In the 1970s Marvel introduced a series called What If…? The premise was one beloved of historians, who speculate about a single decisive event changing the world we know today, and in Marvel’s case it led at first to some moderately imaginative and entertaining stories. Twenty years later the series was run into the ground, having seemingly exhausted all viable alternatives of note. It hadn’t quite reached ‘What If Captain America had Toast Instead of Cereal for Breakfast?’, but the barrel was being dredged. If Marvel wanted their alternate worlds to have any credibility in the 21st century, a different approach was required.

Exiles was the answer, under Judd Winick’s guidance a sprightly world-hopping team arrived in what readers who knew their Marvel history realised were What If? worlds, where a single change had resulted in a very different place. Winick combined that with a device borrowed from TV’s Quantum Leap. Something has to be fixed, and if the Exiles successfully fix it they’ll be on their way to the next world, possibly home to one of them. The actual scenario is complicated a little with qualifications, but that’s the essence. Exiles opens by gathering six mutants from X-Men teams on six different worlds. It’s a neat idea allowing for the teleporting Blink to be pulled from a short-lived world, a female Nightcrawler, and for resurrecting the Mimic, dead since the 1970s on Marvel’s core Earth.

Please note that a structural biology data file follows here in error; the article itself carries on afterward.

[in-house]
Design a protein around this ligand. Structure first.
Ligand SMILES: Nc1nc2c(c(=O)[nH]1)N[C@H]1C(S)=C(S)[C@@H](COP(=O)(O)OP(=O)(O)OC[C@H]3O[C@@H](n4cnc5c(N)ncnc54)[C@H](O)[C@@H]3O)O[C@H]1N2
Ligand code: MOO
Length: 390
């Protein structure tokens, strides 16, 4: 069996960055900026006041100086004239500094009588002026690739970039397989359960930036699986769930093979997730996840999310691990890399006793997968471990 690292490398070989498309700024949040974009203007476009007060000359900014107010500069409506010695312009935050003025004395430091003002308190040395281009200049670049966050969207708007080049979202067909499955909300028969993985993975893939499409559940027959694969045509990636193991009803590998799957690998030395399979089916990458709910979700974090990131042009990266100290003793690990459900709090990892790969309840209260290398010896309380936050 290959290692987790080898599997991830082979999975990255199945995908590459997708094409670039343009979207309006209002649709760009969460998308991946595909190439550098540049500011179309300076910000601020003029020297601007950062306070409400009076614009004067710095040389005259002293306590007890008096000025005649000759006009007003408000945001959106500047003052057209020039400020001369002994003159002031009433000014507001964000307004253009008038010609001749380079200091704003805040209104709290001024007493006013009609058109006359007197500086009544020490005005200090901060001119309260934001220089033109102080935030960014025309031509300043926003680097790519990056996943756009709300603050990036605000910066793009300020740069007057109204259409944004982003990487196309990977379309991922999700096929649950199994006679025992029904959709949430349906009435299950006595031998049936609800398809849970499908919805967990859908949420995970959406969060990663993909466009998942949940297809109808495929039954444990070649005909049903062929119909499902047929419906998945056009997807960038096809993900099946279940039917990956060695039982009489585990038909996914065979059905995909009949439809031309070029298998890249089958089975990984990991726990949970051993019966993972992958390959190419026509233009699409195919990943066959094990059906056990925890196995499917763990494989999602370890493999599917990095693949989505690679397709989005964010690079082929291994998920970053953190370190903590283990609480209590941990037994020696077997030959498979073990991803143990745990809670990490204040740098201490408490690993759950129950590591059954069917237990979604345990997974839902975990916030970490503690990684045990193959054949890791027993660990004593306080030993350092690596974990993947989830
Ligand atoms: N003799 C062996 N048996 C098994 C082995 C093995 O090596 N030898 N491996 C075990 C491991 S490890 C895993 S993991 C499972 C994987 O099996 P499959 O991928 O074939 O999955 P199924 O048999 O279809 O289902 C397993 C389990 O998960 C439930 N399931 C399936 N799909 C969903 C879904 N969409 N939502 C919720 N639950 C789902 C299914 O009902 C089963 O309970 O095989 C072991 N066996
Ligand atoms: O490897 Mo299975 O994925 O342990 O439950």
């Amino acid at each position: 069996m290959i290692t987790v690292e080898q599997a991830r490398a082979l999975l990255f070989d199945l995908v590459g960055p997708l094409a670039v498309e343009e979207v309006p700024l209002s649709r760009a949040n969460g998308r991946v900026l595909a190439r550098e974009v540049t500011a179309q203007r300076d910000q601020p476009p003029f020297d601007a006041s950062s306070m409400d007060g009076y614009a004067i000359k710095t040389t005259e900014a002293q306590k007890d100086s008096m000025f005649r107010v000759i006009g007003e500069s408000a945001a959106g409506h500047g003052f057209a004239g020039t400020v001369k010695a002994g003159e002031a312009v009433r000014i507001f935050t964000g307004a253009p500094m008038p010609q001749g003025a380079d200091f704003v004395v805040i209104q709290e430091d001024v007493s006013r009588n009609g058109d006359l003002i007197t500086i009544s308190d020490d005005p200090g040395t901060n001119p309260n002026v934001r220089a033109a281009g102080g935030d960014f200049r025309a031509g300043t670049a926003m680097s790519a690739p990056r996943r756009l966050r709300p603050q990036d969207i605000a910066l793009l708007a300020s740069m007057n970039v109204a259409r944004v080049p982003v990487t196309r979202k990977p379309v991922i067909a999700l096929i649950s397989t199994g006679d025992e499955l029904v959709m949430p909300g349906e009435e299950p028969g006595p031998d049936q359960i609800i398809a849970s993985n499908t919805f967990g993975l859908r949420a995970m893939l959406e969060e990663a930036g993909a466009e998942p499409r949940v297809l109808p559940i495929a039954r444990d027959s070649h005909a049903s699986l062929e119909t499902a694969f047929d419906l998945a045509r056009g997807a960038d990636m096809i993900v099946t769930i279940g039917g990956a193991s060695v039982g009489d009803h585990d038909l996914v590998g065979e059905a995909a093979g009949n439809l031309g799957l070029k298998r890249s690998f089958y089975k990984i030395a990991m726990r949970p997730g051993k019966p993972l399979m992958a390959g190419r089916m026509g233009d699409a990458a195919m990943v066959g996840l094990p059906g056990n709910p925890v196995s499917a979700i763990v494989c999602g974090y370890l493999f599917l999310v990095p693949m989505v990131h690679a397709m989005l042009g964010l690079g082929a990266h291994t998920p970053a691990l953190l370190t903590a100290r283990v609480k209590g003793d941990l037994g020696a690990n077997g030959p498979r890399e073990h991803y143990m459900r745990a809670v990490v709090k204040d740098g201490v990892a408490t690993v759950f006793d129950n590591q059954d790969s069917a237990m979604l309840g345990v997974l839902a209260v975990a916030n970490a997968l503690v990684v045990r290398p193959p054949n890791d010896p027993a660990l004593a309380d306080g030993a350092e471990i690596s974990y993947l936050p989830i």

You know what you’re getting with Mike McKone as artist, although his usually solidity slips marginally with his design for a monstrous, steroid-infused version of Thunderbird that really doesn’t work alongside the remainder of the cast. Perhaps it’s his little dig about the distorted style of design so massively popular in an era when McKone adhered to old fashioned storytelling values. Otherwise there’s page after page of clear superhero art giving the right emphasis to the right plot points and allowing for some great pin-up pages, some echoing core moments of Marvel history.

Applying too much thought to the shaky mechanics of why the Exiles are united isn’t advised, as that’s a minor concern. They follow the guidance of a device called the Tallus, which supplies details about their mission, but in oblique fashion, which leads to a major mistake in the first story. That’s ho-hum, with Winick having to pack in massive amounts of information. He’s on safer ground by the time the Exiles arrive on a world where Jean Grey is about to go on trial for what she’s done as Phoenix.

This does what an opening volume should in explaining the premise and providing a few thrills, but Winick is still working his way around things, resulting in a few awkward settling in moments, not least a really understated death. Vol. 1 is okay, but Exiles improves. Next up is A World Apart, or alternatively both are available in 2018’s Exiles: The Complete Collection Vol. 1. It should also be noted that the title of Down the Rabbit Hole only applies to the digital re-release of 2012. The original printed graphic novel had no subtitle.